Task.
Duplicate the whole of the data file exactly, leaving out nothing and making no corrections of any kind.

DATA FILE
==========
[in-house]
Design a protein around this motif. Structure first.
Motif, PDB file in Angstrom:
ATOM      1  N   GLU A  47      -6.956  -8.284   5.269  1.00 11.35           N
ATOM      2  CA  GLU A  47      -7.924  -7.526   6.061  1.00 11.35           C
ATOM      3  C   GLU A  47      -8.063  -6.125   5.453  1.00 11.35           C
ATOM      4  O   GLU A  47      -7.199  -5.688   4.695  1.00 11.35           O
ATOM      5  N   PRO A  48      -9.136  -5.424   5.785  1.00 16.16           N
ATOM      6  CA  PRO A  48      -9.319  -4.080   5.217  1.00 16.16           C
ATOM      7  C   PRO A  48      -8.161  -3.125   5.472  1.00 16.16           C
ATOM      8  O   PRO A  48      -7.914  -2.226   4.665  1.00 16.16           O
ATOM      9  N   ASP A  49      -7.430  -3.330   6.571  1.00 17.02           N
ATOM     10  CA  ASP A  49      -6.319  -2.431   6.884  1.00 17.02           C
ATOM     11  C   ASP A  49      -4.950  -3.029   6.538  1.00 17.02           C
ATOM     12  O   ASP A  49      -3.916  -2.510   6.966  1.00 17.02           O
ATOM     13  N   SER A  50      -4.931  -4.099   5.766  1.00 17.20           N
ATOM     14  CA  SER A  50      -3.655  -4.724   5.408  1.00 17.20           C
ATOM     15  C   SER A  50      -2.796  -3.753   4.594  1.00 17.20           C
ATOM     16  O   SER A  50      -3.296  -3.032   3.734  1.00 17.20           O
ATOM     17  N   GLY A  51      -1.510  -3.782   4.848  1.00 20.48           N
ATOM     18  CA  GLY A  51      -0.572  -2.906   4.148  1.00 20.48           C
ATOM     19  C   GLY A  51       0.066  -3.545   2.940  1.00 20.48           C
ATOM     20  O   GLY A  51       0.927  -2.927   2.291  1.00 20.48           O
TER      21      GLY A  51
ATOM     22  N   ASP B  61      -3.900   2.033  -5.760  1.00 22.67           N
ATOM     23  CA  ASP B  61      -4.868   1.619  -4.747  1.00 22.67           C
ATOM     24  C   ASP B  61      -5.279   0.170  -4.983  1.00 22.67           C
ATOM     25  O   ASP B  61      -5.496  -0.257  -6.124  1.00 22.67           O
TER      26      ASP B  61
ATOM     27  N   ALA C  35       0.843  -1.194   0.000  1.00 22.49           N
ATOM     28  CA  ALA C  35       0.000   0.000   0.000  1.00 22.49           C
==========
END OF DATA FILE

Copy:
[in-house]
Design a protein around this motif. Structure first.
Motif, PDB file in Angstrom:
ATOM      1  N   GLU A  47      -6.956  -8.284   5.269  1.00 11.35           N
ATOM      2  CA  GLU A  47      -7.924  -7.526   6.061  1.00 11.35           C
ATOM      3  C   GLU A  47      -8.063  -6.125   5.453  1.00 11.35           C
ATOM      4  O   GLU A  47      -7.199  -5.688   4.695  1.00 11.35           O
ATOM      5  N   PRO A  48      -9.136  -5.424   5.785  1.00 16.16           N
ATOM      6  CA  PRO A  48      -9.319  -4.080   5.217  1.00 16.16           C
ATOM      7  C   PRO A  48      -8.161  -3.125   5.472  1.00 16.16           C
ATOM      8  O   PRO A  48      -7.914  -2.226   4.665  1.00 16.16           O
ATOM      9  N   ASP A  49      -7.430  -3.330   6.571  1.00 17.02           N
ATOM     10  CA  ASP A  49      -6.319  -2.431   6.884  1.00 17.02           C
ATOM     11  C   ASP A  49      -4.950  -3.029   6.538  1.00 17.02           C
ATOM     12  O   ASP A  49      -3.916  -2.510   6.966  1.00 17.02           O
ATOM     13  N   SER A  50      -4.931  -4.099   5.766  1.00 17.20           N
ATOM     14  CA  SER A  50      -3.655  -4.724   5.408  1.00 17.20           C
ATOM     15  C   SER A  50      -2.796  -3.753   4.594  1.00 17.20           C
ATOM     16  O   SER A  50      -3.296  -3.032   3.734  1.00 17.20           O
ATOM     17  N   GLY A  51      -1.510  -3.782   4.848  1.00 20.48           N
ATOM     18  CA  GLY A  51      -0.572  -2.906   4.148  1.00 20.48           C
ATOM     19  C   GLY A  51       0.066  -3.545   2.940  1.00 20.48           C
ATOM     20  O   GLY A  51       0.927  -2.927   2.291  1.00 20.48           O
TER      21      GLY A  51
ATOM     22  N   ASP B  61      -3.900   2.033  -5.760  1.00 22.67           N
ATOM     23  CA  ASP B  61      -4.868   1.619  -4.747  1.00 22.67           C
ATOM     24  C   ASP B  61      -5.279   0.170  -4.983  1.00 22.67           C
ATOM     25  O   ASP B  61      -5.496  -0.257  -6.124  1.00 22.67           O
TER      26      ASP B  61
ATOM     27  N   ALA C  35       0.843  -1.194   0.000  1.00 22.49           N
ATOM     28  CA  ALA C  35       0.000   0.000   0.000  1.00 22.49           C